An Oklahoma judge on Monday handed down a landmark ruling when he found Johnson & Johnson culpable in Oklahoma’s opioid epidemic. The decision marks the first time a drugmaker has been held responsible for the national crisis. “At the root of this crisis was Johnson & Johnson, a company that literally created the poppy that became the source of the opioid crisis,” Oklahoma Attorney General Mike Hunter (R) charged. Hunter argued that the company was the “kingpin” of the epidemic, because it owned the two companies that grew, processed, and supplied 60 percent of the painkillers’ ingredients. Hunter also argued that the company was integral to a misinformation campaign that preyed on doctors in an effort to change the culture of prescribing opioids. At the start of the 1990s, doctors rarely prescribed the powerful drugs; by 2017, 479 opioid prescriptions were written every hour at pharmacies across the state.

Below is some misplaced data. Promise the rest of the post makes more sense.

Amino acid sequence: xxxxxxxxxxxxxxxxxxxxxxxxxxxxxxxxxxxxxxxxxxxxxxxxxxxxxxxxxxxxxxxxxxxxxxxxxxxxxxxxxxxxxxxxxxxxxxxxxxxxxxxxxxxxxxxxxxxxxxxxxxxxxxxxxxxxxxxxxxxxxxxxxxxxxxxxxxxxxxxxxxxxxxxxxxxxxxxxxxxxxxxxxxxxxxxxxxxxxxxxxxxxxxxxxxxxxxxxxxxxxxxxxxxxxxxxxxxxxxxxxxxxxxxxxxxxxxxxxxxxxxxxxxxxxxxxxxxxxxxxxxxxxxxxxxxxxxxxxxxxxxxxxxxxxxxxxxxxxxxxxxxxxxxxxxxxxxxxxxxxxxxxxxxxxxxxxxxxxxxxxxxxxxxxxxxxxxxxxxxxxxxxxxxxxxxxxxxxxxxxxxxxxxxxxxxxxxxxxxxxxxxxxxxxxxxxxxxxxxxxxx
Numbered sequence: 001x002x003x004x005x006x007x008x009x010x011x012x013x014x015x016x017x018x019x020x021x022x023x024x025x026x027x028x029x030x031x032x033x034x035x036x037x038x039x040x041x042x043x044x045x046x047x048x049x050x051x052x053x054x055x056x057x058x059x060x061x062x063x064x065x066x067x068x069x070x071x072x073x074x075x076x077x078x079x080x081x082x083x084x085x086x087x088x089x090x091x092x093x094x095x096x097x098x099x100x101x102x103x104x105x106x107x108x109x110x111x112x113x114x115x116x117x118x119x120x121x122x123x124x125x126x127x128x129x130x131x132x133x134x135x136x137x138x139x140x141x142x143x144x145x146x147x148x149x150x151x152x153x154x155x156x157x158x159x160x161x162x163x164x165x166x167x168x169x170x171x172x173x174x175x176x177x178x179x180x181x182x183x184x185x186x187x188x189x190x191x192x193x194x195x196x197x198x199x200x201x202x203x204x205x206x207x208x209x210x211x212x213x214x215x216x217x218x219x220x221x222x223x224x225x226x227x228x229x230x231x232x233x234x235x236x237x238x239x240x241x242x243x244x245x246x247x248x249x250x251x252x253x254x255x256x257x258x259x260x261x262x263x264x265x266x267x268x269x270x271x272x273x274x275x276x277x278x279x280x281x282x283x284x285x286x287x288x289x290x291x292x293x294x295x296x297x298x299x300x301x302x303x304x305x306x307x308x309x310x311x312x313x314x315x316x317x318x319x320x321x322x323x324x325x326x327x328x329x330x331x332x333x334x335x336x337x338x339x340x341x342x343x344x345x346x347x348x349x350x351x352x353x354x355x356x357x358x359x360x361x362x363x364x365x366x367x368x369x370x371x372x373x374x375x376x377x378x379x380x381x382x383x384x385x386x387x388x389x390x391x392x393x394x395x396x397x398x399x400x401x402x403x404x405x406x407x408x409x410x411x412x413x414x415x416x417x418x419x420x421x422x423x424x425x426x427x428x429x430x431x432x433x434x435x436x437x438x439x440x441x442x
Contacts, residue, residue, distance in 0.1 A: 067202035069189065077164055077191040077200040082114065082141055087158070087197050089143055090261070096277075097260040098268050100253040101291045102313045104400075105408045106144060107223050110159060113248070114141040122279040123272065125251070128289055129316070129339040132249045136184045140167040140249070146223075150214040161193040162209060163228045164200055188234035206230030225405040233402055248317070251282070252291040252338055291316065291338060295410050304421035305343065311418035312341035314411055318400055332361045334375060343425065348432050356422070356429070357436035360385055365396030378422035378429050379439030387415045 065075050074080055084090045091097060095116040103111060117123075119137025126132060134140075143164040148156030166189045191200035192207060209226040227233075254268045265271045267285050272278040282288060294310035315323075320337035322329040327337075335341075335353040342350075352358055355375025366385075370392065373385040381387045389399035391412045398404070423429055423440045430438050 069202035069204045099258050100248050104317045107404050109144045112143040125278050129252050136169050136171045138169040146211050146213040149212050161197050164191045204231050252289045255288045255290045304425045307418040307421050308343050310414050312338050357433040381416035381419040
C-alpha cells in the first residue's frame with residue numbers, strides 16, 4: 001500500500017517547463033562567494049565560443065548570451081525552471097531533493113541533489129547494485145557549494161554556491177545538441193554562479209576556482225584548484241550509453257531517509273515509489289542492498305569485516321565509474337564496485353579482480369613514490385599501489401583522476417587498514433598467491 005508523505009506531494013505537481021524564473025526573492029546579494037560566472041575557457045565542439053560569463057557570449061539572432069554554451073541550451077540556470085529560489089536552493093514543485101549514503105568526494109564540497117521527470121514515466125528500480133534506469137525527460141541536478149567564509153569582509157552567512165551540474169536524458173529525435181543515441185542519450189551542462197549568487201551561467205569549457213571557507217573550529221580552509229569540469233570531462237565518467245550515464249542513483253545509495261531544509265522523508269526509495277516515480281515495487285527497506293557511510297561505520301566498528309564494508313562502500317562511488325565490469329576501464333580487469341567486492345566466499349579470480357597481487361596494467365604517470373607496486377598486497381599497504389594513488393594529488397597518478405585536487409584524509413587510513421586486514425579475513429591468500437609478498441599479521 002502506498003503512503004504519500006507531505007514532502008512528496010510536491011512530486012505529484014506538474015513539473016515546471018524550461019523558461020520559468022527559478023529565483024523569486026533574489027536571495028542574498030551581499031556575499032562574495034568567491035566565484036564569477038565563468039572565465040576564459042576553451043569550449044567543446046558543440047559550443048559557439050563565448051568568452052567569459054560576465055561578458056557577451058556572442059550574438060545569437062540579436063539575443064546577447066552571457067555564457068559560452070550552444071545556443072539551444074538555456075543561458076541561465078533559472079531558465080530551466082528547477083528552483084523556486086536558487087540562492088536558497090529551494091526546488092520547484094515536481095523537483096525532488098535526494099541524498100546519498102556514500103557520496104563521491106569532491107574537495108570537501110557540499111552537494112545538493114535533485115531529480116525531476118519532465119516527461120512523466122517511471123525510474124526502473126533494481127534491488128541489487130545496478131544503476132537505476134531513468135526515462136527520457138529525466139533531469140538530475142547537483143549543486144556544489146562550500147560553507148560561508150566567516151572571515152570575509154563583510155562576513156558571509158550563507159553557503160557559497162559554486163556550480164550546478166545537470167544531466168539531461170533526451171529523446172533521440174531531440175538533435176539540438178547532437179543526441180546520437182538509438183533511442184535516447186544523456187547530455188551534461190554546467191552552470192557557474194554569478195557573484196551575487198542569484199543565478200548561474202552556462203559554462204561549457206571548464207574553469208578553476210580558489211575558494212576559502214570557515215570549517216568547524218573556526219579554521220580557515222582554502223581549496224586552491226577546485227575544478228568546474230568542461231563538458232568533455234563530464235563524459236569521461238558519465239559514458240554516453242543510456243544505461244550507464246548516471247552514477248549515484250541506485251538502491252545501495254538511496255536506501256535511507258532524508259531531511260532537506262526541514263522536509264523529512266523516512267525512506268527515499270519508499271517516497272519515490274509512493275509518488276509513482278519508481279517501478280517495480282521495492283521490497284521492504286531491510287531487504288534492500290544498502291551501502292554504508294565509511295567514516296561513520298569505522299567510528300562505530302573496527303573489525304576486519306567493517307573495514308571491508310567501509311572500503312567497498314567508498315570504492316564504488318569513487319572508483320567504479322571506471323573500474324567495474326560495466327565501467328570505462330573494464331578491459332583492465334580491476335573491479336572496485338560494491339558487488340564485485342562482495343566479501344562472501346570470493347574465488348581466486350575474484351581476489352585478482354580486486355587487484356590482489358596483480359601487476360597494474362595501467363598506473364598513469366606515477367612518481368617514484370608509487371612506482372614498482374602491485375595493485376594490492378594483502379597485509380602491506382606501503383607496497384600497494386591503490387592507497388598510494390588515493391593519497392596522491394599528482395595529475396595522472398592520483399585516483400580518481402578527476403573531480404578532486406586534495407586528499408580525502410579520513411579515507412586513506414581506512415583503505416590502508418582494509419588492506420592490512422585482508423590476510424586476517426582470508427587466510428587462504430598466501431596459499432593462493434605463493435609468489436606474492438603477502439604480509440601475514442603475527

Johnson & Johnson argued that it could not be held responsible because it supplied legal products and ingredients. The state’s case got around this argument by utilizing an unprecedented strategy to take down a corporation: treating them as a public nuisance. Nuisance laws are typically reserved for those who have used their property in a way that harms others, such as loud neighbors, brothels, or polluters. Oklahoma successfully argued that the drug company’s otherwise legal conduct endangered the “comfort, repose, health and safety of others,” and rendered citizens “insecure in life and in the use of property.” District Judge Thad Balkman ordered the company to pay $572 million in reparations. His decision could pave the way for the more than 40 other states working to win similar claims against the pharmaceutical industry.